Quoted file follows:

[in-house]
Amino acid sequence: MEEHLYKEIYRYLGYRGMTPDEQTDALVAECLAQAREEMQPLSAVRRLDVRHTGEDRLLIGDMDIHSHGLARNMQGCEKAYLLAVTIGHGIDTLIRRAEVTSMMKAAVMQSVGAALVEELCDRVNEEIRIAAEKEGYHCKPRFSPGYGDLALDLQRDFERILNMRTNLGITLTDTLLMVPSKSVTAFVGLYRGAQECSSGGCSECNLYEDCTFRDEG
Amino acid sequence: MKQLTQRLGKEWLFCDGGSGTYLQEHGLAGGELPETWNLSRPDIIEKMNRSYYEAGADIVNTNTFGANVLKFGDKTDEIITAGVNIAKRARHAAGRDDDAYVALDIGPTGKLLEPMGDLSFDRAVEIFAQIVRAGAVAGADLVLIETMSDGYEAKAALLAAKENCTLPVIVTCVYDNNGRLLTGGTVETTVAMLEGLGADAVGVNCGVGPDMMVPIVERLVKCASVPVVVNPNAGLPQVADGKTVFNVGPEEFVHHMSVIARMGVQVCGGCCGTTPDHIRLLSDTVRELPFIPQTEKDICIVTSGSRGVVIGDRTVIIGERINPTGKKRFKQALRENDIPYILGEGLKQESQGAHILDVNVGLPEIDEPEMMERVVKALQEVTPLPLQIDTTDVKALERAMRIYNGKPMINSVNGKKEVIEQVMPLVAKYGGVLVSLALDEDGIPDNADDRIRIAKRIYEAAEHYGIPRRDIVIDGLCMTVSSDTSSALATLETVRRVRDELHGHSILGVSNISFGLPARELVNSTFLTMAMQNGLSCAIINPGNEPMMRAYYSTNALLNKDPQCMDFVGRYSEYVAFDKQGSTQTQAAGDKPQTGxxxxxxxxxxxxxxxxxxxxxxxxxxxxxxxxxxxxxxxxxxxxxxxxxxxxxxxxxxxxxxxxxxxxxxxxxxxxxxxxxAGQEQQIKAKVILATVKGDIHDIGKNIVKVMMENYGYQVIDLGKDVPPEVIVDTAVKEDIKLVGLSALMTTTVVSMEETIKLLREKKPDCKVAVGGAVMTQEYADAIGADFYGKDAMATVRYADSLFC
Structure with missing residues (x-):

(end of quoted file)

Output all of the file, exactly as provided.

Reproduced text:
[in-house]
Amino acid sequence: MEEHLYKEIYRYLGYRGMTPDEQTDALVAECLAQAREEMQPLSAVRRLDVRHTGEDRLLIGDMDIHSHGLARNMQGCEKAYLLAVTIGHGIDTLIRRAEVTSMMKAAVMQSVGAALVEELCDRVNEEIRIAAEKEGYHCKPRFSPGYGDLALDLQRDFERILNMRTNLGITLTDTLLMVPSKSVTAFVGLYRGAQECSSGGCSECNLYEDCTFRDEG
Amino acid sequence: MKQLTQRLGKEWLFCDGGSGTYLQEHGLAGGELPETWNLSRPDIIEKMNRSYYEAGADIVNTNTFGANVLKFGDKTDEIITAGVNIAKRARHAAGRDDDAYVALDIGPTGKLLEPMGDLSFDRAVEIFAQIVRAGAVAGADLVLIETMSDGYEAKAALLAAKENCTLPVIVTCVYDNNGRLLTGGTVETTVAMLEGLGADAVGVNCGVGPDMMVPIVERLVKCASVPVVVNPNAGLPQVADGKTVFNVGPEEFVHHMSVIARMGVQVCGGCCGTTPDHIRLLSDTVRELPFIPQTEKDICIVTSGSRGVVIGDRTVIIGERINPTGKKRFKQALRENDIPYILGEGLKQESQGAHILDVNVGLPEIDEPEMMERVVKALQEVTPLPLQIDTTDVKALERAMRIYNGKPMINSVNGKKEVIEQVMPLVAKYGGVLVSLALDEDGIPDNADDRIRIAKRIYEAAEHYGIPRRDIVIDGLCMTVSSDTSSALATLETVRRVRDELHGHSILGVSNISFGLPARELVNSTFLTMAMQNGLSCAIINPGNEPMMRAYYSTNALLNKDPQCMDFVGRYSEYVAFDKQGSTQTQAAGDKPQTGxxxxxxxxxxxxxxxxxxxxxxxxxxxxxxxxxxxxxxxxxxxxxxxxxxxxxxxxxxxxxxxxxxxxxxxxxxxxxxxxxAGQEQQIKAKVILATVKGDIHDIGKNIVKVMMENYGYQVIDLGKDVPPEVIVDTAVKEDIKLVGLSALMTTTVVSMEETIKLLREKKPDCKVAVGGAVMTQEYADAIGADFYGKDAMATVRYADSLFC
Structure with missing residues (x-):